Dordt College News

Make ticket reservations now for Dead Man Walking

February 25, 2008

Dead Man Walking

Tickets are on sale now for Dead Man Walking, a Dordt College Theatre Department production that opens Thursday, Feb. 21, at the Te Paske Theatre (located at Sioux Center High School). Six evening performances will be presented Thursday through Saturday, Feb. 21-23, and Feb. 28-March 1. Curtain time is 7:30 p.m.

The drama depicts the contemporary story of Sister Helen Prejean, a Catholic nun, who is assigned to be spiritual counselor to a convicted rapist and murderer in his final days before execution.

“It is a powerful show,” says director Jerilyn Schelhaas. “The acting is very good, the story well-told, the set intriguing, the potential impact strong. You will not walk out of the theatre “happy,” but you will have plenty to think about. The joy in the performance is seeing the grace of God and the fruitful work of very committed college students.”

The cast includes Becky Lancaster, Cedar Rapids, IA; Jonathon Shaffstall, West Milford, NJ; Danielle Roos, Dan Den Boer, and Benjamin Kuiper, Sioux Center; Kenny Gradert, Ireton; Jesse Walhof, Le Mars; Austin Boon, Rock Valley; Dan Fynaardt, Pella; Emily Stam, Oskaloosa; Ashley Laverman, Sully; Andrew Voss, Aplington; Alex Thomas, Reasnor; Nick Engbers, Sioux Falls, SD; Thadd Harrington, Lincoln, NE; Lee Radde, Cologne, MN; Kaylee Englesman, Hudsonville, MI; Anna Ven Huizen Burnett, WI; Evan Gulstine, St Charles, IL; Jon Trueblood, St Louis, MO; Melissa Schans, Denver, CO; Mark Bylenga, Escondido, CA; Becky Love, San Marcos, CA; Jeremiah Kats, Boise, ID; Jenna Veenbaas, Abbotsford, BC, and Michaela Groot, Houston, BC.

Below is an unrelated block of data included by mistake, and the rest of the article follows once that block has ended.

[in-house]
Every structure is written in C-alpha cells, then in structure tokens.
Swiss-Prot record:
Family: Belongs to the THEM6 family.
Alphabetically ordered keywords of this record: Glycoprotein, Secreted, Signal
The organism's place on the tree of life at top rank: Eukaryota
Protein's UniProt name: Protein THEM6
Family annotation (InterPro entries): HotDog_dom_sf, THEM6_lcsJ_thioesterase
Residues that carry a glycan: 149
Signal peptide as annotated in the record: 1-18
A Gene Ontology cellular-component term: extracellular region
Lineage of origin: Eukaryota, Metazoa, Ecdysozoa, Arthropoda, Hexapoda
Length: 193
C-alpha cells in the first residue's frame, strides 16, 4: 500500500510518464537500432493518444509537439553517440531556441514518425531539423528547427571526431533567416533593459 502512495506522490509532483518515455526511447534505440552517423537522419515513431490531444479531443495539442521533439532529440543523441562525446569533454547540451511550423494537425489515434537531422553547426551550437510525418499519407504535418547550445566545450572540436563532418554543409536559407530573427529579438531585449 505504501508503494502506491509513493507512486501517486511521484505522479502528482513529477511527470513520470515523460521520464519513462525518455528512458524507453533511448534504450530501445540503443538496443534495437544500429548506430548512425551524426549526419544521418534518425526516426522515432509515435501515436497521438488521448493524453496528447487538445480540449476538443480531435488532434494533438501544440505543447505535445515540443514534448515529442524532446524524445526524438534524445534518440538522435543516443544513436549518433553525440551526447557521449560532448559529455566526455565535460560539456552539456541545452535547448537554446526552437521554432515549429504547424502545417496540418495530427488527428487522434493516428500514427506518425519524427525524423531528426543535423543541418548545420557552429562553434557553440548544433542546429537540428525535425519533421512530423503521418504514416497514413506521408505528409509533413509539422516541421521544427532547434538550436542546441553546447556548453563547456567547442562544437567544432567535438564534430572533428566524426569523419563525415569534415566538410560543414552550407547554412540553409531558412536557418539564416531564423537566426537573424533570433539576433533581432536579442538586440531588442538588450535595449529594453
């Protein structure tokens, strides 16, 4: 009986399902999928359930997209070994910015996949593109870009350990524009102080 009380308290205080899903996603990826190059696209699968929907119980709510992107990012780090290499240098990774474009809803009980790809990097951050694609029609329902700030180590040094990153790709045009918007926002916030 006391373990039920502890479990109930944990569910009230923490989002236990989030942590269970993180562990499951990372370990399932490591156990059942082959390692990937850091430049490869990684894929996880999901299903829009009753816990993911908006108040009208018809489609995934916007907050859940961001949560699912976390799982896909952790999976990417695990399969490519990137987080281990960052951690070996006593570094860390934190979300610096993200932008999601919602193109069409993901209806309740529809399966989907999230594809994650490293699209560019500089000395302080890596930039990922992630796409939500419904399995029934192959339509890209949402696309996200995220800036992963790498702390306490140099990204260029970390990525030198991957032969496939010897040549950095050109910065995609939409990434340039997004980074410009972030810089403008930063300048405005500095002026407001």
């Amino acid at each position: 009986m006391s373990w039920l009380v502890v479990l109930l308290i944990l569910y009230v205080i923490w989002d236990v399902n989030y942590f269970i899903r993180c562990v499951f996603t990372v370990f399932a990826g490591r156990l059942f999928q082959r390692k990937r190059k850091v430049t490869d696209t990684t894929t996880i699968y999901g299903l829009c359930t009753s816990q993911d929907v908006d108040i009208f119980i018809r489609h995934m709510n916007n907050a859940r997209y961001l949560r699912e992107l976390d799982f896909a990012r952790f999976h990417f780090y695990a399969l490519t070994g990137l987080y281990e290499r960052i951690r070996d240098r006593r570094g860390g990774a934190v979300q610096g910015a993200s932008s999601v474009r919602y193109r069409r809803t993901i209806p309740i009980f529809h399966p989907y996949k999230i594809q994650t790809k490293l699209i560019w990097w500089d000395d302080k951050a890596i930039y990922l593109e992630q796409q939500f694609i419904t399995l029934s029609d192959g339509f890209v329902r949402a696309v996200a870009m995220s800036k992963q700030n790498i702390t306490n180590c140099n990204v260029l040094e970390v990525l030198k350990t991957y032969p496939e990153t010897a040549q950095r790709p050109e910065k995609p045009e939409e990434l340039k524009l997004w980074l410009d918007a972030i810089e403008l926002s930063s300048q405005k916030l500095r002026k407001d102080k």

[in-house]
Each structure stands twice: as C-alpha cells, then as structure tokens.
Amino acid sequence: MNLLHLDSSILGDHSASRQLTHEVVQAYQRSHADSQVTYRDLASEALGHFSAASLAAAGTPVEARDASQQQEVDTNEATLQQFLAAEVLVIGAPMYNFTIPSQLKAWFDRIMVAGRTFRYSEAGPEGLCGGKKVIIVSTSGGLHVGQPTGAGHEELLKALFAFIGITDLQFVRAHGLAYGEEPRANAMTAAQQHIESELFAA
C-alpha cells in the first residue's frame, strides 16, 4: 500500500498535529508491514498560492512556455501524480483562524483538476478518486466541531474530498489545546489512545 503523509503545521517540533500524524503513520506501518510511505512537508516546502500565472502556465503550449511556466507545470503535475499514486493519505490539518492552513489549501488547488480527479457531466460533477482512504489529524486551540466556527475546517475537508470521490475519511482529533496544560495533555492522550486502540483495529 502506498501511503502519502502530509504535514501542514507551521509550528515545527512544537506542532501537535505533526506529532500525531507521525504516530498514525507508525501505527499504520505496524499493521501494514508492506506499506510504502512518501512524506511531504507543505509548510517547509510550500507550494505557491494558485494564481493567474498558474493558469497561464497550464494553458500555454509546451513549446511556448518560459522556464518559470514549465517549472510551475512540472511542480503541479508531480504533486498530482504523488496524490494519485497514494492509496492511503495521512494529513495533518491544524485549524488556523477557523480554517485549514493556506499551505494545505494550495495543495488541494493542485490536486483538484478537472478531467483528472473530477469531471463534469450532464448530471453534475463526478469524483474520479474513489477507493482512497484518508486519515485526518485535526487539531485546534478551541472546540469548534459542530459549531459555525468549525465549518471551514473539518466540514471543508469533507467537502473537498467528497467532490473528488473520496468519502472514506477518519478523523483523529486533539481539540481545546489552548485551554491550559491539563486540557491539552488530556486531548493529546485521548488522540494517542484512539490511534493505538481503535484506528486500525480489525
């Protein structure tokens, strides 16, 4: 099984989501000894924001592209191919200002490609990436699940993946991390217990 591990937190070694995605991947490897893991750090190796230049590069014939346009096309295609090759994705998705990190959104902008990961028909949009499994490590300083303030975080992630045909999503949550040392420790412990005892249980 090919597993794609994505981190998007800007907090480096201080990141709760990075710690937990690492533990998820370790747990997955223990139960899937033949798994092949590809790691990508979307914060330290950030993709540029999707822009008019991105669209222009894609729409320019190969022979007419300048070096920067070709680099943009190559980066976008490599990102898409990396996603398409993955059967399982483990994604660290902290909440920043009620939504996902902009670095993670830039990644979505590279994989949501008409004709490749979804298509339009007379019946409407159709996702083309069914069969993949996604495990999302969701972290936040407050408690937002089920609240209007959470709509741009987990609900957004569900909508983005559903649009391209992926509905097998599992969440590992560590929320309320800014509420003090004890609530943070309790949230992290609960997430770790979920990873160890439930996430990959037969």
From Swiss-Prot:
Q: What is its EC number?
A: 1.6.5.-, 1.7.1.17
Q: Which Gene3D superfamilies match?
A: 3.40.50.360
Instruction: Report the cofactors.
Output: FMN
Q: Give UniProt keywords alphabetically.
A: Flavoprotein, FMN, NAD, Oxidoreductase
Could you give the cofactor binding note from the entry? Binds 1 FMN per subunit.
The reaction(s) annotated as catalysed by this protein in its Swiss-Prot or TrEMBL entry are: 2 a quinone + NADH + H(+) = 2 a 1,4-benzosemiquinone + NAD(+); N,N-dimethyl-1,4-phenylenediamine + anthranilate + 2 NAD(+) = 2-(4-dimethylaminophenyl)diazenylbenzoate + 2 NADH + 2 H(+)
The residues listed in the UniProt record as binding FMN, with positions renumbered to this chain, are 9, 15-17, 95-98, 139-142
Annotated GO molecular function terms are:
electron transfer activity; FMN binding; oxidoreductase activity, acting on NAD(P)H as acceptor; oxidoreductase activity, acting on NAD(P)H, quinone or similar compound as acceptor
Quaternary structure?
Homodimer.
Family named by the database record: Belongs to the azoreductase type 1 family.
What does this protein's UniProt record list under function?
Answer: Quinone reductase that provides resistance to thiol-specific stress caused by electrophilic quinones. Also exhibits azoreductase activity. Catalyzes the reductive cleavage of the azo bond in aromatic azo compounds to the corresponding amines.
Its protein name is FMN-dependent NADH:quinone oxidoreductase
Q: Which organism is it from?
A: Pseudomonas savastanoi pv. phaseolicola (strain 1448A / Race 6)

For tickets, call the box office at 722-6430 (Monday-Thursday 1-5 and 7-9; Friday 1-5 p.m.) or reserve tickets on-line. The ticket price is $8 for adults, $6 for middle/high school students (this play not advised for children under 12), and $5 for Dordt students.

Dead Man Walking was written by Tim Robbins, who previously directed the critically acclaimed film of the same name, starring Susan Sarandon—who won an Oscar for her performance as Sister Helen—and Sean Penn. Rather than taking the play to Broadway, Robbins has offered it to schools and universities across the U.S. to perform and use to stir discussion and reflection on moral issues regarding the death penalty.

In conjunction with the play, a series of other events have been planned on Dordt’s campus to promote dialog on the topics of the death penalty, restorative justice, and the place of confession and forgiveness in the Christian community.

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